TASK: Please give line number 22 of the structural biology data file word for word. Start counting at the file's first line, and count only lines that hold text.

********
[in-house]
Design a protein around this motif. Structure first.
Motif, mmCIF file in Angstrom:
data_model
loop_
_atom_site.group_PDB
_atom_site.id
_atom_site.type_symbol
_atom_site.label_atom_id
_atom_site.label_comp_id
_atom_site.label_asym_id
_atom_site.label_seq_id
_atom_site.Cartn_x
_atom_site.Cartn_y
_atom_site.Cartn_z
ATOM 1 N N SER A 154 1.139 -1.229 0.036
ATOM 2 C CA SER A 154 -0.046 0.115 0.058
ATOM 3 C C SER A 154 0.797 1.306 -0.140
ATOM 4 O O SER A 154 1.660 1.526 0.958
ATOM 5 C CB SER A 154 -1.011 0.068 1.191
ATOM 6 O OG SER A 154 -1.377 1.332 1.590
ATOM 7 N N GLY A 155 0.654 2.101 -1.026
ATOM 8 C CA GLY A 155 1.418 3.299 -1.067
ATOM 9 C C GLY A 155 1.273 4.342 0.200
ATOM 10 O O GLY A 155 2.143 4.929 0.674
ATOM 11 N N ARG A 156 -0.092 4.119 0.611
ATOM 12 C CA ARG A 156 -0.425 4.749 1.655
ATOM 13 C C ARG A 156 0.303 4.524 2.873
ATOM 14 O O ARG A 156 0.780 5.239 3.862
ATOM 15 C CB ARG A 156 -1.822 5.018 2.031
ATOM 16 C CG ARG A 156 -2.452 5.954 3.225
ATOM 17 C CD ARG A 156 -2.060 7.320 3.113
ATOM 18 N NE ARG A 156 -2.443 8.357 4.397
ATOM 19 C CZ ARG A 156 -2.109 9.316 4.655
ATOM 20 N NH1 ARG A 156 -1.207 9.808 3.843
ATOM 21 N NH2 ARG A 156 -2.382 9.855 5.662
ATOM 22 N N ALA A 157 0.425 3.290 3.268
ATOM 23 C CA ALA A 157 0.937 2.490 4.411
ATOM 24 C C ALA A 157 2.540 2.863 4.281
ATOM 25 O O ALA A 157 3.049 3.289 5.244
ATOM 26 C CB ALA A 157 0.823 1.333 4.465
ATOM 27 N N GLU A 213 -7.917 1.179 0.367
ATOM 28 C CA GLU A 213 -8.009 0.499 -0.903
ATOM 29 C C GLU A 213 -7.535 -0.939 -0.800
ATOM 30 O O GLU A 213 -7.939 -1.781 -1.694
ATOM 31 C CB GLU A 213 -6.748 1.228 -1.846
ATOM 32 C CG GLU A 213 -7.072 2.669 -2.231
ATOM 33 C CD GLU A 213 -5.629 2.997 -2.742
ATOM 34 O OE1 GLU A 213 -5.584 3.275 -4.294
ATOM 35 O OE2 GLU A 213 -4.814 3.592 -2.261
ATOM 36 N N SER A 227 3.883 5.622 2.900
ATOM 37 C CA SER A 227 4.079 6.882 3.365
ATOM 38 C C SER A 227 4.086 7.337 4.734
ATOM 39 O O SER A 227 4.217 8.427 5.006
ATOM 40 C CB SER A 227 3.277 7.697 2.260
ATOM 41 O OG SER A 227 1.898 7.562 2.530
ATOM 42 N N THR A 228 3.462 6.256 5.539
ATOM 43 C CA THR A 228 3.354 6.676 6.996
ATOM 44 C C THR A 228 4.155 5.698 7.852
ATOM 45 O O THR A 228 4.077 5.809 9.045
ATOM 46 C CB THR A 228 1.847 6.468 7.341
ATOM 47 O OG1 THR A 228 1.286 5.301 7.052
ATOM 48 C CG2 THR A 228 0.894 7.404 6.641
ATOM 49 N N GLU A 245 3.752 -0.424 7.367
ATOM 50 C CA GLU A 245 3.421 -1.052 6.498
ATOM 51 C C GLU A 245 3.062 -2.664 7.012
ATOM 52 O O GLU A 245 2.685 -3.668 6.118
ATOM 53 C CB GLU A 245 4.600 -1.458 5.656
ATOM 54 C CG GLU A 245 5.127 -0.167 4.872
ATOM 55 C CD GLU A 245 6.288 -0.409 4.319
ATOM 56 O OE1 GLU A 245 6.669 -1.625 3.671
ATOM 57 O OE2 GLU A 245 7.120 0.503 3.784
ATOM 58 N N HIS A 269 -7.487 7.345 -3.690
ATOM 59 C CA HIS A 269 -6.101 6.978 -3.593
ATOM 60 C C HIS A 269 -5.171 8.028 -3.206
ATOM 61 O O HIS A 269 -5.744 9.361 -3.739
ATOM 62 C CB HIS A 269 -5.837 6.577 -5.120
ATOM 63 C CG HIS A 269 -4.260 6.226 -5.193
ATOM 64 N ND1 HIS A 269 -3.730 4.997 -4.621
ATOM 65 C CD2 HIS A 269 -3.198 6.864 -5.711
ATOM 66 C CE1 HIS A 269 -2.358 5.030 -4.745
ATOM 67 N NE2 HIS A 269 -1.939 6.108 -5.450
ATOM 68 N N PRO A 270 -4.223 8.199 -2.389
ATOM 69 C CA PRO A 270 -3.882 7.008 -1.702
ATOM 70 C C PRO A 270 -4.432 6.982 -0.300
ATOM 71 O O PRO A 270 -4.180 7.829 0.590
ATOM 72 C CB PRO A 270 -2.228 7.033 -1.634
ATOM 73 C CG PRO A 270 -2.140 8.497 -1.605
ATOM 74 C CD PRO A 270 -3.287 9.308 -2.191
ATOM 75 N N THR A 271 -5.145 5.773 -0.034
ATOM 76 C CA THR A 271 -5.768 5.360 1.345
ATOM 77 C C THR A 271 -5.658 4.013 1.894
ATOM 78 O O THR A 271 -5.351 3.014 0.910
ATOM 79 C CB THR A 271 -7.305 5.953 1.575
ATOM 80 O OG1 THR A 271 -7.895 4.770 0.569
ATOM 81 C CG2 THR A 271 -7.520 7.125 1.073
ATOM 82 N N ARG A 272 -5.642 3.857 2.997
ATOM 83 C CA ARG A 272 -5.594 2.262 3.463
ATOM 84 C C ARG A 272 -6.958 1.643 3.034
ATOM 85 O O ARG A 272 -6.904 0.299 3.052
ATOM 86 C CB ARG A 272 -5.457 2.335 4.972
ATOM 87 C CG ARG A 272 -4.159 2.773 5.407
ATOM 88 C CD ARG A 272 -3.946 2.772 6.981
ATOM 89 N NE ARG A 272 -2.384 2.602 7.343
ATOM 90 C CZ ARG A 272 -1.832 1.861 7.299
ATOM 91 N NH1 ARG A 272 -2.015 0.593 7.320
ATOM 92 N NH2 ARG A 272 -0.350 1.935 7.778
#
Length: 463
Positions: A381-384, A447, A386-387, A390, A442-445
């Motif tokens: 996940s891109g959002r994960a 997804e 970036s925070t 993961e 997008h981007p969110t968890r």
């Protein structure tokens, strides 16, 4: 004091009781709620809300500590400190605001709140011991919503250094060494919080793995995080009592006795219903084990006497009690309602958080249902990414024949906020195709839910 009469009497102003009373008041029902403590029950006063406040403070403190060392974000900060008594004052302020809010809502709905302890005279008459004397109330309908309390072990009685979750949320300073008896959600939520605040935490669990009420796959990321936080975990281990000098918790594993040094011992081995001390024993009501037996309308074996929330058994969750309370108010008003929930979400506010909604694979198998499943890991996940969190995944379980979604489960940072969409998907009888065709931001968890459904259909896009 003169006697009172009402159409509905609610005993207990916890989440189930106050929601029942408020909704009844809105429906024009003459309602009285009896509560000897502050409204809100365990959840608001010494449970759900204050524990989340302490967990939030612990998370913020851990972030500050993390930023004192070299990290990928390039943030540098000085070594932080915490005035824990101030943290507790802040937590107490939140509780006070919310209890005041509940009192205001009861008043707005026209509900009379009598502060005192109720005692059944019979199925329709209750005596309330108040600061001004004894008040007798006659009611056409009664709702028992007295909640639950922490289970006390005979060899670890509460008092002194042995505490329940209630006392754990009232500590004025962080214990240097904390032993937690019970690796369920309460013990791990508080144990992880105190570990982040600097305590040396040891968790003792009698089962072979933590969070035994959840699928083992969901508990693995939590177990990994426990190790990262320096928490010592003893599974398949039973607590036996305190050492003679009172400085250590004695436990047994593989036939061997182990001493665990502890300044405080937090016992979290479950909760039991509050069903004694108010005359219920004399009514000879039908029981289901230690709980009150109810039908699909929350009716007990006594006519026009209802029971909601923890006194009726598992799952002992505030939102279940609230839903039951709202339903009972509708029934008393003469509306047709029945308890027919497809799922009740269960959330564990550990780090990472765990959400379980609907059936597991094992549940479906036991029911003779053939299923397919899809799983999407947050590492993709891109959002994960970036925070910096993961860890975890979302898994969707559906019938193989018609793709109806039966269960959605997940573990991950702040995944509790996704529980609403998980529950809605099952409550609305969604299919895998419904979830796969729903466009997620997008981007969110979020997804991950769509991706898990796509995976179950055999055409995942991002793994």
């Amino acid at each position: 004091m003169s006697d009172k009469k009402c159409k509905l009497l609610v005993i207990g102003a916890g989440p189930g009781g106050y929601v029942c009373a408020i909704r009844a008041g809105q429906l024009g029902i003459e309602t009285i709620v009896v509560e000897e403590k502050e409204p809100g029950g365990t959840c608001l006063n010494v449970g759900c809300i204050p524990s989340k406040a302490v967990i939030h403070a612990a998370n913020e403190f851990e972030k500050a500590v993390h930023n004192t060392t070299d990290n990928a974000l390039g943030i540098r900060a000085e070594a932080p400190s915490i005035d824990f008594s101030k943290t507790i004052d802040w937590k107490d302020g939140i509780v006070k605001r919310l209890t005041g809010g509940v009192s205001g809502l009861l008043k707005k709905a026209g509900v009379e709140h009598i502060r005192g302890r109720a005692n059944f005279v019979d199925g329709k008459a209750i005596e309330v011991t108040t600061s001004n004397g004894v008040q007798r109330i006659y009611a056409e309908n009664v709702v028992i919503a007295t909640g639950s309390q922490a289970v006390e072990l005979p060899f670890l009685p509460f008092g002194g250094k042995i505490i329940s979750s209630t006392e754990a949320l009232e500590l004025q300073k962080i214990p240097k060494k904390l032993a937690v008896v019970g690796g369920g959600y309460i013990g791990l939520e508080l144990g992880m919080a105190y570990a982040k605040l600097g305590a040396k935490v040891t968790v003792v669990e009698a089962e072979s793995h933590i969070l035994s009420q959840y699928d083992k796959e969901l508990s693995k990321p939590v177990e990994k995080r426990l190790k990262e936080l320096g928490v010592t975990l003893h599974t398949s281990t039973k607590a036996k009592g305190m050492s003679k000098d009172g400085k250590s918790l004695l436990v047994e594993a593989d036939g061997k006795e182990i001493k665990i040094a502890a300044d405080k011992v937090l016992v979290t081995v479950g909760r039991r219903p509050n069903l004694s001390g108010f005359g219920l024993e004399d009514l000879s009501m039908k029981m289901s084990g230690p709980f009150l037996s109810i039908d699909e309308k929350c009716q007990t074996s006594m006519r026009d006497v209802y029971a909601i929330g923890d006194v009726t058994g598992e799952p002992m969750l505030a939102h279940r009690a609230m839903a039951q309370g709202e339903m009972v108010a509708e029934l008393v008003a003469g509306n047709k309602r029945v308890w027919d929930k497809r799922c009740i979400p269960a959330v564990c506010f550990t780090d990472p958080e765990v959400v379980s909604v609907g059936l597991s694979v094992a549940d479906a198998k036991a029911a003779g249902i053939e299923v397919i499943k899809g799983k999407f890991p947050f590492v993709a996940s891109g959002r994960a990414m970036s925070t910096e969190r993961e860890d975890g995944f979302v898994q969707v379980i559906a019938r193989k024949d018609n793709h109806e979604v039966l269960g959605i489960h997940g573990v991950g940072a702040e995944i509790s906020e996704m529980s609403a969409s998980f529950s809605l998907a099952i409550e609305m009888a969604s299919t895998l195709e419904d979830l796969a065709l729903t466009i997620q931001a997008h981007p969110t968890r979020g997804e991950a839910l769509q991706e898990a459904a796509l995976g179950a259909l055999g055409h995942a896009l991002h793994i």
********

ATOM 7 N N GLY A 155 0.654 2.101 -1.026